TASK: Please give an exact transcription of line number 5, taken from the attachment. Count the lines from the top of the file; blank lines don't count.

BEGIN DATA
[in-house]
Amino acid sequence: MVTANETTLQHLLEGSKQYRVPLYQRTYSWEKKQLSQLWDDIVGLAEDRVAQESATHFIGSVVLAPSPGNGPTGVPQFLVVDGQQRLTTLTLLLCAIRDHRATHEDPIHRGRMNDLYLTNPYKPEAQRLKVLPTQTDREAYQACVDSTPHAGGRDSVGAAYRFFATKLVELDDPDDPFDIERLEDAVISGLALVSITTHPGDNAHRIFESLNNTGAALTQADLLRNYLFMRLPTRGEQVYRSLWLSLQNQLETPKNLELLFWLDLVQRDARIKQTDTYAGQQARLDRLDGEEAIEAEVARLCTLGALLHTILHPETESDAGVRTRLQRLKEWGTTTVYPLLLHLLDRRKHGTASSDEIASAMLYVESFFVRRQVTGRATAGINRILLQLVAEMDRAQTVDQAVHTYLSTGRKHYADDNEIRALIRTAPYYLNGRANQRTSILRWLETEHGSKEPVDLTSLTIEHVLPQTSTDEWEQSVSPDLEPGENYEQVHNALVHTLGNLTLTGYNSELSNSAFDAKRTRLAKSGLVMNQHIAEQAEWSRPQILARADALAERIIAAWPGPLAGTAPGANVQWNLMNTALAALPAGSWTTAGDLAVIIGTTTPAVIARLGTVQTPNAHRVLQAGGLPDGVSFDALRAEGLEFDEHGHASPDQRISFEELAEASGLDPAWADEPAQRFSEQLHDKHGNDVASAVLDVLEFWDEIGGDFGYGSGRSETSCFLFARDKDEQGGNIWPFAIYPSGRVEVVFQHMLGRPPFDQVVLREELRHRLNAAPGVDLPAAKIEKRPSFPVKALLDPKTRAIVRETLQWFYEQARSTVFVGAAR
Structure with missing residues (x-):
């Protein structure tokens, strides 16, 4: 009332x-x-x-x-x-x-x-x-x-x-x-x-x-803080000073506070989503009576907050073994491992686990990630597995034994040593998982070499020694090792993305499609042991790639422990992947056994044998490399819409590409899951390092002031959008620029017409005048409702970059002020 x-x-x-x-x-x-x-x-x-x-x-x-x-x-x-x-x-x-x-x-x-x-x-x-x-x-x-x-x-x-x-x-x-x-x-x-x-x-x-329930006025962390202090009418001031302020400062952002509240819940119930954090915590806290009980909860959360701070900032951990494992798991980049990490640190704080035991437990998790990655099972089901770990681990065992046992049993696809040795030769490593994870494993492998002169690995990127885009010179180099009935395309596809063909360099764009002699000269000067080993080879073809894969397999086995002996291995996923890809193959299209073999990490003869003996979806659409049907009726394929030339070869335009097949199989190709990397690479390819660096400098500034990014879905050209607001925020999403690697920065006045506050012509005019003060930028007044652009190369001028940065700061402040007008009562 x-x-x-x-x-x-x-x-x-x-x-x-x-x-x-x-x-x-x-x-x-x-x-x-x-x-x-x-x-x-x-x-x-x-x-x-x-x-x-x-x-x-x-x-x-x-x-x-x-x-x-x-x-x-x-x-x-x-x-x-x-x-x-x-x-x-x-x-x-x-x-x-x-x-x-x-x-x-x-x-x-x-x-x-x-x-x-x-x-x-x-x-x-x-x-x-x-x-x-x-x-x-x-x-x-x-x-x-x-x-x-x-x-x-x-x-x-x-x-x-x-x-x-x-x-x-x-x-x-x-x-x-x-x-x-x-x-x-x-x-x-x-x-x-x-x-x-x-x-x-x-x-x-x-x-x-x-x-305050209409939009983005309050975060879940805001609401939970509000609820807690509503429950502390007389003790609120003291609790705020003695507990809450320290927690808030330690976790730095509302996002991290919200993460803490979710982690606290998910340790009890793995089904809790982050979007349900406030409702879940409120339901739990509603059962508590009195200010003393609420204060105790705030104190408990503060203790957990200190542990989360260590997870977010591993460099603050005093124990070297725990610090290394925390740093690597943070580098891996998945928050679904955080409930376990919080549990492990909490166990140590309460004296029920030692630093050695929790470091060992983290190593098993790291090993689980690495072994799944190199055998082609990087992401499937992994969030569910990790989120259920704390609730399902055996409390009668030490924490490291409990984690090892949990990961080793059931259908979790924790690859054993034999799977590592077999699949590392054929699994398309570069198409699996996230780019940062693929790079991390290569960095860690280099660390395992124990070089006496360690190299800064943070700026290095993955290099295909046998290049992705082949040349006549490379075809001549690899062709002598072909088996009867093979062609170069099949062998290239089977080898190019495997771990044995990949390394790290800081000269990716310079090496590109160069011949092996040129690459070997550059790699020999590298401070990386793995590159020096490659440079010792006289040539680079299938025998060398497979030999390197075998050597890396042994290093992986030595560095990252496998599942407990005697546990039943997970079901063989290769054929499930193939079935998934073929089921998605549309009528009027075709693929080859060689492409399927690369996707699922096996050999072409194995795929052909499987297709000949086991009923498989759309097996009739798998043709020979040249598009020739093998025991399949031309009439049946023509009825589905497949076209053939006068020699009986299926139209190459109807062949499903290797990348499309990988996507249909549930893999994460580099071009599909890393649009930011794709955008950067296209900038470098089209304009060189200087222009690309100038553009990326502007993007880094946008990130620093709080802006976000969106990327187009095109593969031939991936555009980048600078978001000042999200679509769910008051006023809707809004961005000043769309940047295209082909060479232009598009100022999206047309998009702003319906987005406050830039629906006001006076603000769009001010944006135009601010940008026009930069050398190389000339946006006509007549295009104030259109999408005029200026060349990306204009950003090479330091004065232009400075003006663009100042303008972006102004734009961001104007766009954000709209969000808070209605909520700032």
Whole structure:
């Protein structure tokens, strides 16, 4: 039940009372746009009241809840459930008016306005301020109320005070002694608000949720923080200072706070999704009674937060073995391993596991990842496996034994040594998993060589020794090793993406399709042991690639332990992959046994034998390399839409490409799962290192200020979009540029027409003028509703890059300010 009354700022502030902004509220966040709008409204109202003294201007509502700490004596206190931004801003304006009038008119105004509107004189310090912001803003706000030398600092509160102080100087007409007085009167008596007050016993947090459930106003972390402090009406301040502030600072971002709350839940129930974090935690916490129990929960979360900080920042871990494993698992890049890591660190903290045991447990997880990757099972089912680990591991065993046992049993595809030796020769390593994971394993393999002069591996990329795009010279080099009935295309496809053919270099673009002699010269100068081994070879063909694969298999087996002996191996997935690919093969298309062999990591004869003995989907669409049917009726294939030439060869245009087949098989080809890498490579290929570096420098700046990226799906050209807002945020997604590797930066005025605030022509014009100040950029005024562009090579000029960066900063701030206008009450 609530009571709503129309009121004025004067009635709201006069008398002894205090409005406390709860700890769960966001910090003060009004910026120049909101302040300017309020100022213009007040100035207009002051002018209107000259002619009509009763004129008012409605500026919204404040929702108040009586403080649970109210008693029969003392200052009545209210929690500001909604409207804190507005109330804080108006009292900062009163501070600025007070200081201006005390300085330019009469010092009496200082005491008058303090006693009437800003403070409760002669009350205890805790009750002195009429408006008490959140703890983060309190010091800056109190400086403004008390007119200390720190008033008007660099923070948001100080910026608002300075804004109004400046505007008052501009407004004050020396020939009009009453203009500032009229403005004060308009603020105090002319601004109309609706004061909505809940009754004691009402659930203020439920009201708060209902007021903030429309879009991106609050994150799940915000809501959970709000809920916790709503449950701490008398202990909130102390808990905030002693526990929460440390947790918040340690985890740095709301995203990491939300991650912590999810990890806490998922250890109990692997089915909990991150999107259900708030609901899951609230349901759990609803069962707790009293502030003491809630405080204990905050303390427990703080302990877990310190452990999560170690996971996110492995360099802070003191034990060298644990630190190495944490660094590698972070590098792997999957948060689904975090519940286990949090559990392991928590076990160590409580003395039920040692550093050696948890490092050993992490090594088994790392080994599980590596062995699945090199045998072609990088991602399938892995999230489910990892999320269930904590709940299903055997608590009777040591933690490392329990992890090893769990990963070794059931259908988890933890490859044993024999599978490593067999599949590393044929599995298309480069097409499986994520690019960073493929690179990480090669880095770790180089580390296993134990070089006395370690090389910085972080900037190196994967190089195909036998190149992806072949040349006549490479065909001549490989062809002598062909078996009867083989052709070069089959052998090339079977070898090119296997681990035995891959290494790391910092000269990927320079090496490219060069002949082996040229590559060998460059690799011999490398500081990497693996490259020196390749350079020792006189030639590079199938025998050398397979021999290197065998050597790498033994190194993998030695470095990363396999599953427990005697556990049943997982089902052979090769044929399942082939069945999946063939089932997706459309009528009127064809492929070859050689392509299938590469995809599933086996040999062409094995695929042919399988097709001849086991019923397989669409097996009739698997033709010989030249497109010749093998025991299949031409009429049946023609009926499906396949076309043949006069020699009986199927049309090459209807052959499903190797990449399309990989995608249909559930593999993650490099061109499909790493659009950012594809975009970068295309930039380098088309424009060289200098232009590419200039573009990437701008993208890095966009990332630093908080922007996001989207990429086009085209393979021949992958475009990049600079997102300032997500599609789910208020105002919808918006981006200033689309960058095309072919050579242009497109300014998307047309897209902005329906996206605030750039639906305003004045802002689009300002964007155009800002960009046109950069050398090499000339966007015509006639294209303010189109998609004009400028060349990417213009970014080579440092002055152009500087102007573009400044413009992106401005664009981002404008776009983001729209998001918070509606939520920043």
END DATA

Whole structure: